We all felt that the best way forward would be for drivers to meet with us to hear exactly how their behaviour affects the daily life of older and disabled people. That the reason why we arrange another meeting with Tower Transit. On the 25th June, Jean with her husband Mike, Hazel, Eutal and Jessica from TfA went back to Lea Interchange bus depot to meet with Tower Transit. We again met the depot general manager Vince Dalzell who took us up to the depot canteen.

Following on from our last meeting Jean with TfA’s help had designed and produced a leaflet (see below) giving tips to bus drivers when older and disabled people are boarding their bus. We were ready to hand out lots of our leaflets to bus drivers within the garage.

We were there for a couple of hours and all felt very positive afterwards. We had spoken to the customer service training manager, training manager, the union representative, the insurance manager and many bus drivers. We covered many issues in particular the problem faced by wheelchair users when they are ignored at bus stops or drivers do not ask for pushchairs to be folded to allow priority to the wheelchair space. It also helped us to hear from a driver’s perspective. We learnt that not all buses operate the same and for some models in the fleet you can’t deploy the wheelchair ramp if the bus is lowered and that on some you can. We talked about the importance of asking for buggies to be folded for the wheelchair space and although we are aware that currently buggy owners cannot be faced to move from the space that the important thing is that you have tried to do so by pressing the announcement or using the PA system. We stressed the need to radio to the bus behind to let them know a wheelchair user is waiting to get on.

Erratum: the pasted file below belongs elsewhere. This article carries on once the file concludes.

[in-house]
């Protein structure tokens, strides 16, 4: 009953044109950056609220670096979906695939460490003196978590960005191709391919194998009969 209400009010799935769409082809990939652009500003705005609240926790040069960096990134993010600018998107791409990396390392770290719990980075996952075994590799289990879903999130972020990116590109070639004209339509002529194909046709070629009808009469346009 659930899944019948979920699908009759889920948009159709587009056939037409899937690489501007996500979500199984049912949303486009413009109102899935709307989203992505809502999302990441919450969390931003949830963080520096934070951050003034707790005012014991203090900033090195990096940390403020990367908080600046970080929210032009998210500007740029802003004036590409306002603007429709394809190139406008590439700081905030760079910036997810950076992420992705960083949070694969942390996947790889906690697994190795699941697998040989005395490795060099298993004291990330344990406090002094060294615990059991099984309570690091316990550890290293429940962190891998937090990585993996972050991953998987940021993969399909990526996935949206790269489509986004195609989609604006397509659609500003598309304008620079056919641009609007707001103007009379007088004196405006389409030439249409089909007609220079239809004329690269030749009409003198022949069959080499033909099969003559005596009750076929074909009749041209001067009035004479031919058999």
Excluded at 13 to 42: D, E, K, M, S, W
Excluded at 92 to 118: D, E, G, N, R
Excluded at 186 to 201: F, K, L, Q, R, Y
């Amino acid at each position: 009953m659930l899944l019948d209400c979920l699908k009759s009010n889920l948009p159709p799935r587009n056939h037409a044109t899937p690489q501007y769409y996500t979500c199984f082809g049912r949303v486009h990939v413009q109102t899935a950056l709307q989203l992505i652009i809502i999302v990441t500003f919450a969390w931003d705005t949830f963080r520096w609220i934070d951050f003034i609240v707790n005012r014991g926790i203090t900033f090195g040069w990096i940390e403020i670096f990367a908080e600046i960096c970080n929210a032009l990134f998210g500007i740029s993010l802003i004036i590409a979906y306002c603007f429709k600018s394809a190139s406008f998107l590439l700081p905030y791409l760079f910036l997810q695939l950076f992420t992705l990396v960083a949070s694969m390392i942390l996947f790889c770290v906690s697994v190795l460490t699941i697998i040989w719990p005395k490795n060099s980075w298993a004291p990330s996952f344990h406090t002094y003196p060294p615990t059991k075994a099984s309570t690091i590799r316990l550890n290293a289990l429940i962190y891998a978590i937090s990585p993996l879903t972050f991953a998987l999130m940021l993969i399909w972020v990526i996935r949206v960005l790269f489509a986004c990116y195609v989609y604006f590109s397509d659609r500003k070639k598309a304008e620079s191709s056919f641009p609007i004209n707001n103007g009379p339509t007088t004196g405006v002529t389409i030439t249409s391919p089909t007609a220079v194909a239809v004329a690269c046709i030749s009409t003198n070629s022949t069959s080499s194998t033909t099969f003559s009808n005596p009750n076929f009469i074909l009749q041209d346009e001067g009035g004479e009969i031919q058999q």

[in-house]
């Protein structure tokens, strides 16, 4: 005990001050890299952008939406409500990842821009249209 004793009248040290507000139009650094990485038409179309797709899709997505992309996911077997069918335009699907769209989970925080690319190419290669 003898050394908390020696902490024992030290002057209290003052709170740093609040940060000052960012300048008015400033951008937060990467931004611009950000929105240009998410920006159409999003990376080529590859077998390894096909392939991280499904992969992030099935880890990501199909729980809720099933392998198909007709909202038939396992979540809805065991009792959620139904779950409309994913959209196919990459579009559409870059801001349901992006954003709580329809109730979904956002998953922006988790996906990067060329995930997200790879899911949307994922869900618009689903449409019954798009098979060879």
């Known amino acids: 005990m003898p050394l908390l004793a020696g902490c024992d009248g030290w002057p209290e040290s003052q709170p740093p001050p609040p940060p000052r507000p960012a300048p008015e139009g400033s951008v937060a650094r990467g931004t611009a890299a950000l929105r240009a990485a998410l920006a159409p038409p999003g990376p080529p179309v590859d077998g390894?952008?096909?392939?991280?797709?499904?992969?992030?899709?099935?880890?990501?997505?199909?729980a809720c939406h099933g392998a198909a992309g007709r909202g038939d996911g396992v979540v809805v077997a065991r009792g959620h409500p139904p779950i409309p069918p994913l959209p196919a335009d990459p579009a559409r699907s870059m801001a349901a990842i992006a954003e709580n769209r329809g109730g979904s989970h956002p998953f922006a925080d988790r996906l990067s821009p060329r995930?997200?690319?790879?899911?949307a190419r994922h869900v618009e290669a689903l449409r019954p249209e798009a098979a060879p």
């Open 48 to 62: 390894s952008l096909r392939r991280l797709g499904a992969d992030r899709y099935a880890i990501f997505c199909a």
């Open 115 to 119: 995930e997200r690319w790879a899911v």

We again discussed the priority seating and the reason why older and disabled people often go past them to the back of the bus. Jean explained that the seats at the back are higher up so easier to get on and off without having to bend so far. We reminded drivers that they need to wait a bit longer before driver off to make sure that older and disabled people are seated or holding on safely.

All the drivers we spoke to were very keen to improve communication with older and disabled passengers. We hope that they will pass on our tips to other drivers. Vince has agreed to print out more copies of our leaflet for other drivers to see it around the garage. He has also invited us back in a couple of months time to continue raising awareness of bus experiences for older and disabled people. We would like to go back with people with different impairments to cover a wider range of issues.

Jean was very pleased to have this opportunity to speak directly to bus drivers at Tower Transit. She’s looking forward to helping them in the future to make her journeys less stressful. She thanked TfA for organising the meetings at the garage and Tower Transit for welcoming her to raise her issues with them. She is now planning to take a notebook out with her and hopes that instead of recording complaints she will be recording examples of good driver behaviour.

A man standing in front of a painted brick wall smiling at the camera. He is holding a cane and is wearing glasses, a black jacket and a grey t-shirt. A man standing in front of a painted brick wall smiling at the camera. He is holding a cane and is wearing glasses, a black jacket and a grey t-shirt.